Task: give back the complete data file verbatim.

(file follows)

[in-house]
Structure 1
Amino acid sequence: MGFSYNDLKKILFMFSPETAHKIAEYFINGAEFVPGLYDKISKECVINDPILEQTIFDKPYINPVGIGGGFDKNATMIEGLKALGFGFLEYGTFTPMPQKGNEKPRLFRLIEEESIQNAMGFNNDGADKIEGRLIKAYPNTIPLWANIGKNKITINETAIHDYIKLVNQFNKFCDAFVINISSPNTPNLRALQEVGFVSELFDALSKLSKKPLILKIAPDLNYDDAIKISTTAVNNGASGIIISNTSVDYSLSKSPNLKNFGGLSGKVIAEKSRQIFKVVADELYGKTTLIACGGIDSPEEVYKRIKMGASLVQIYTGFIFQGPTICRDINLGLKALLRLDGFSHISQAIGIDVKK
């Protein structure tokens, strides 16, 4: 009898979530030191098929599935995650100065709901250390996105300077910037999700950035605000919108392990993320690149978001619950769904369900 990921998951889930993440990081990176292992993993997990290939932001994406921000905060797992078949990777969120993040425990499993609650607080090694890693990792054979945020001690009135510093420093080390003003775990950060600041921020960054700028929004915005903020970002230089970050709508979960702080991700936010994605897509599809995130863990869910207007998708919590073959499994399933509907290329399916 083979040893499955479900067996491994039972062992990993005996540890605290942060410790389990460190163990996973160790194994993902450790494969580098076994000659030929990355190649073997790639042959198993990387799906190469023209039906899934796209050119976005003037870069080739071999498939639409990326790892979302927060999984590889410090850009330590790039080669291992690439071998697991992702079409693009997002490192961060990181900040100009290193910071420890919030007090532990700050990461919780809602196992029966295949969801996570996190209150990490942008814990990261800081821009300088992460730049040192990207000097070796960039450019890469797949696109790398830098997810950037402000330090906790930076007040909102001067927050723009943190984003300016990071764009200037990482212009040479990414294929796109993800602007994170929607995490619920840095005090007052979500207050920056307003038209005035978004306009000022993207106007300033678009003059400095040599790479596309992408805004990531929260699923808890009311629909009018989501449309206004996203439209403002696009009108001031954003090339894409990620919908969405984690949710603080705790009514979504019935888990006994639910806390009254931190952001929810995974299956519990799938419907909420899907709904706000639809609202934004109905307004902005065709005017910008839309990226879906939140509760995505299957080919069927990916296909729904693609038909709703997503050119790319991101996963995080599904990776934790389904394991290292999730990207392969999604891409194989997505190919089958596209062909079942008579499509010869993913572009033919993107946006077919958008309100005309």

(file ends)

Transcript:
[in-house]
Structure 1
Amino acid sequence: MGFSYNDLKKILFMFSPETAHKIAEYFINGAEFVPGLYDKISKECVINDPILEQTIFDKPYINPVGIGGGFDKNATMIEGLKALGFGFLEYGTFTPMPQKGNEKPRLFRLIEEESIQNAMGFNNDGADKIEGRLIKAYPNTIPLWANIGKNKITINETAIHDYIKLVNQFNKFCDAFVINISSPNTPNLRALQEVGFVSELFDALSKLSKKPLILKIAPDLNYDDAIKISTTAVNNGASGIIISNTSVDYSLSKSPNLKNFGGLSGKVIAEKSRQIFKVVADELYGKTTLIACGGIDSPEEVYKRIKMGASLVQIYTGFIFQGPTICRDINLGLKALLRLDGFSHISQAIGIDVKK
């Protein structure tokens, strides 16, 4: 009898979530030191098929599935995650100065709901250390996105300077910037999700950035605000919108392990993320690149978001619950769904369900 990921998951889930993440990081990176292992993993997990290939932001994406921000905060797992078949990777969120993040425990499993609650607080090694890693990792054979945020001690009135510093420093080390003003775990950060600041921020960054700028929004915005903020970002230089970050709508979960702080991700936010994605897509599809995130863990869910207007998708919590073959499994399933509907290329399916 083979040893499955479900067996491994039972062992990993005996540890605290942060410790389990460190163990996973160790194994993902450790494969580098076994000659030929990355190649073997790639042959198993990387799906190469023209039906899934796209050119976005003037870069080739071999498939639409990326790892979302927060999984590889410090850009330590790039080669291992690439071998697991992702079409693009997002490192961060990181900040100009290193910071420890919030007090532990700050990461919780809602196992029966295949969801996570996190209150990490942008814990990261800081821009300088992460730049040192990207000097070796960039450019890469797949696109790398830098997810950037402000330090906790930076007040909102001067927050723009943190984003300016990071764009200037990482212009040479990414294929796109993800602007994170929607995490619920840095005090007052979500207050920056307003038209005035978004306009000022993207106007300033678009003059400095040599790479596309992408805004990531929260699923808890009311629909009018989501449309206004996203439209403002696009009108001031954003090339894409990620919908969405984690949710603080705790009514979504019935888990006994639910806390009254931190952001929810995974299956519990799938419907909420899907709904706000639809609202934004109905307004902005065709005017910008839309990226879906939140509760995505299957080919069927990916296909729904693609038909709703997503050119790319991101996963995080599904990776934790389904394991290292999730990207392969999604891409194989997505190919089958596209062909079942008579499509010869993913572009033919993107946006077919958008309100005309």